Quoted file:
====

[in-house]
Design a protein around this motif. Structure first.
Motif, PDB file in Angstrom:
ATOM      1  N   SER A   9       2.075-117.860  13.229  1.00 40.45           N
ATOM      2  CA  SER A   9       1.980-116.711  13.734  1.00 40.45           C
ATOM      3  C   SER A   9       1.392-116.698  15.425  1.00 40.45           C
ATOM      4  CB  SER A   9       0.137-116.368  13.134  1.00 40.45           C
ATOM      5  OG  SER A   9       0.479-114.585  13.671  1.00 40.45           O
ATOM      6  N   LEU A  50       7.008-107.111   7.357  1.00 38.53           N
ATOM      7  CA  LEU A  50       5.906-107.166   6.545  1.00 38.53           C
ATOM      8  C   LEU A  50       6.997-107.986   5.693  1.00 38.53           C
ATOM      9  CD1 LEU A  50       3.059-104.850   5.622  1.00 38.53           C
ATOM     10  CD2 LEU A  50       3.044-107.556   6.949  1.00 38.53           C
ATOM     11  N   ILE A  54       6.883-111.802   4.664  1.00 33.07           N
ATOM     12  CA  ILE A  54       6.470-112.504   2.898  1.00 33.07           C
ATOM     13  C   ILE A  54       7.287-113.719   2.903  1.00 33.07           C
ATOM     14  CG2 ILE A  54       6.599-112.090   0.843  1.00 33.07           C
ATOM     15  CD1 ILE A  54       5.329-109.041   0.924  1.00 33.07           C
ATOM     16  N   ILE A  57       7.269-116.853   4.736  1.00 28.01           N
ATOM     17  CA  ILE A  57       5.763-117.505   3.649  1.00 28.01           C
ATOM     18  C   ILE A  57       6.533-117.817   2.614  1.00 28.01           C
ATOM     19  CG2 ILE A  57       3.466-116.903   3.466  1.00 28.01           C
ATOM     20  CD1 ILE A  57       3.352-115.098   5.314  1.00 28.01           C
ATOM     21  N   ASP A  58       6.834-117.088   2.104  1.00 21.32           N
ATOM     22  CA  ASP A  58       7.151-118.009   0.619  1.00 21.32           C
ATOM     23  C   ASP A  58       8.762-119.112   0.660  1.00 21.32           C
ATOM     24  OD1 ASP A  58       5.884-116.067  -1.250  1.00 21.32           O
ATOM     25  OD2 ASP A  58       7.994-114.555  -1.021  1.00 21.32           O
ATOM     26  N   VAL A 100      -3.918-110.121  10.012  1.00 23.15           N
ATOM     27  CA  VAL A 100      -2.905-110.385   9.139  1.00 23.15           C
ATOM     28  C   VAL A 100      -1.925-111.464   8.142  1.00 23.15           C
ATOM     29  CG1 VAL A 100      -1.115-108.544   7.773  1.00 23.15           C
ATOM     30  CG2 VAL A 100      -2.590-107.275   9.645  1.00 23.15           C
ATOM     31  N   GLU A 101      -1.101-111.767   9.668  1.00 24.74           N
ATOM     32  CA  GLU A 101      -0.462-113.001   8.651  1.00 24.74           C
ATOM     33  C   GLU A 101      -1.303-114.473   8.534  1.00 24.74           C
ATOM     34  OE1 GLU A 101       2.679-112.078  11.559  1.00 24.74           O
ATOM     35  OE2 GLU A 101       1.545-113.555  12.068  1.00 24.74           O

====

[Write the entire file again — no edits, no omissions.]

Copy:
[in-house]
Design a protein around this motif. Structure first.
Motif, PDB file in Angstrom:
ATOM      1  N   SER A   9       2.075-117.860  13.229  1.00 40.45           N
ATOM      2  CA  SER A   9       1.980-116.711  13.734  1.00 40.45           C
ATOM      3  C   SER A   9       1.392-116.698  15.425  1.00 40.45           C
ATOM      4  CB  SER A   9       0.137-116.368  13.134  1.00 40.45           C
ATOM      5  OG  SER A   9       0.479-114.585  13.671  1.00 40.45           O
ATOM      6  N   LEU A  50       7.008-107.111   7.357  1.00 38.53           N
ATOM      7  CA  LEU A  50       5.906-107.166   6.545  1.00 38.53           C
ATOM      8  C   LEU A  50       6.997-107.986   5.693  1.00 38.53           C
ATOM      9  CD1 LEU A  50       3.059-104.850   5.622  1.00 38.53           C
ATOM     10  CD2 LEU A  50       3.044-107.556   6.949  1.00 38.53           C
ATOM     11  N   ILE A  54       6.883-111.802   4.664  1.00 33.07           N
ATOM     12  CA  ILE A  54       6.470-112.504   2.898  1.00 33.07           C
ATOM     13  C   ILE A  54       7.287-113.719   2.903  1.00 33.07           C
ATOM     14  CG2 ILE A  54       6.599-112.090   0.843  1.00 33.07           C
ATOM     15  CD1 ILE A  54       5.329-109.041   0.924  1.00 33.07           C
ATOM     16  N   ILE A  57       7.269-116.853   4.736  1.00 28.01           N
ATOM     17  CA  ILE A  57       5.763-117.505   3.649  1.00 28.01           C
ATOM     18  C   ILE A  57       6.533-117.817   2.614  1.00 28.01           C
ATOM     19  CG2 ILE A  57       3.466-116.903   3.466  1.00 28.01           C
ATOM     20  CD1 ILE A  57       3.352-115.098   5.314  1.00 28.01           C
ATOM     21  N   ASP A  58       6.834-117.088   2.104  1.00 21.32           N
ATOM     22  CA  ASP A  58       7.151-118.009   0.619  1.00 21.32           C
ATOM     23  C   ASP A  58       8.762-119.112   0.660  1.00 21.32           C
ATOM     24  OD1 ASP A  58       5.884-116.067  -1.250  1.00 21.32           O
ATOM     25  OD2 ASP A  58       7.994-114.555  -1.021  1.00 21.32           O
ATOM     26  N   VAL A 100      -3.918-110.121  10.012  1.00 23.15           N
ATOM     27  CA  VAL A 100      -2.905-110.385   9.139  1.00 23.15           C
ATOM     28  C   VAL A 100      -1.925-111.464   8.142  1.00 23.15           C
ATOM     29  CG1 VAL A 100      -1.115-108.544   7.773  1.00 23.15           C
ATOM     30  CG2 VAL A 100      -2.590-107.275   9.645  1.00 23.15           C
ATOM     31  N   GLU A 101      -1.101-111.767   9.668  1.00 24.74           N
ATOM     32  CA  GLU A 101      -0.462-113.001   8.651  1.00 24.74           C
ATOM     33  C   GLU A 101      -1.303-114.473   8.534  1.00 24.74           C
ATOM     34  OE1 GLU A 101       2.679-112.078  11.559  1.00 24.74           O
ATOM     35  OE2 GLU A 101       1.545-113.555  12.068  1.00 24.74           O